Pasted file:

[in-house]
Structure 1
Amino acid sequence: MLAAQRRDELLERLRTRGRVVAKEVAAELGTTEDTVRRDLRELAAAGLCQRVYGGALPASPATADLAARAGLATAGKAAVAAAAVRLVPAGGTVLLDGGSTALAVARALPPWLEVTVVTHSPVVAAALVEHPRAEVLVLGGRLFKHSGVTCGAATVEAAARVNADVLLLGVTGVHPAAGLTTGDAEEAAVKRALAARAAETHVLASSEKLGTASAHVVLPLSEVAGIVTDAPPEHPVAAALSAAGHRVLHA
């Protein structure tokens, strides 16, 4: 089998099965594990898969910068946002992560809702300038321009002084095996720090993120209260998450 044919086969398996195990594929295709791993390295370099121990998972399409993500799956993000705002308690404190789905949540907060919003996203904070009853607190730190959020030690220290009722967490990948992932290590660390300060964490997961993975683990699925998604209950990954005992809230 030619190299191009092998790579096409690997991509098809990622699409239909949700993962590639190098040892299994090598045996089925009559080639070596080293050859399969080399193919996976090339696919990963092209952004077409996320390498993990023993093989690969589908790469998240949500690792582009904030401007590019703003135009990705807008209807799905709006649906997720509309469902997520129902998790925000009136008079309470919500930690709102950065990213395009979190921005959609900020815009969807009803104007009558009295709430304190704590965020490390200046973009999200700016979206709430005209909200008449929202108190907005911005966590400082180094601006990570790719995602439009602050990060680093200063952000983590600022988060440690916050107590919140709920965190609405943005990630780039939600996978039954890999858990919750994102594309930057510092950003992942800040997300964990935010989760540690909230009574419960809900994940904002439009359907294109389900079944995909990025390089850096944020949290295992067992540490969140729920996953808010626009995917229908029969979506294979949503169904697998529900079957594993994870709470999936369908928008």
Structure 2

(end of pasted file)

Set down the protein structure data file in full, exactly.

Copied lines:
[in-house]
Structure 1
Amino acid sequence: MLAAQRRDELLERLRTRGRVVAKEVAAELGTTEDTVRRDLRELAAAGLCQRVYGGALPASPATADLAARAGLATAGKAAVAAAAVRLVPAGGTVLLDGGSTALAVARALPPWLEVTVVTHSPVVAAALVEHPRAEVLVLGGRLFKHSGVTCGAATVEAAARVNADVLLLGVTGVHPAAGLTTGDAEEAAVKRALAARAAETHVLASSEKLGTASAHVVLPLSEVAGIVTDAPPEHPVAAALSAAGHRVLHA
């Protein structure tokens, strides 16, 4: 089998099965594990898969910068946002992560809702300038321009002084095996720090993120209260998450 044919086969398996195990594929295709791993390295370099121990998972399409993500799956993000705002308690404190789905949540907060919003996203904070009853607190730190959020030690220290009722967490990948992932290590660390300060964490997961993975683990699925998604209950990954005992809230 030619190299191009092998790579096409690997991509098809990622699409239909949700993962590639190098040892299994090598045996089925009559080639070596080293050859399969080399193919996976090339696919990963092209952004077409996320390498993990023993093989690969589908790469998240949500690792582009904030401007590019703003135009990705807008209807799905709006649906997720509309469902997520129902998790925000009136008079309470919500930690709102950065990213395009979190921005959609900020815009969807009803104007009558009295709430304190704590965020490390200046973009999200700016979206709430005209909200008449929202108190907005911005966590400082180094601006990570790719995602439009602050990060680093200063952000983590600022988060440690916050107590919140709920965190609405943005990630780039939600996978039954890999858990919750994102594309930057510092950003992942800040997300964990935010989760540690909230009574419960809900994940904002439009359907294109389900079944995909990025390089850096944020949290295992067992540490969140729920996953808010626009995917229908029969979506294979949503169904697998529900079957594993994870709470999936369908928008």
Structure 2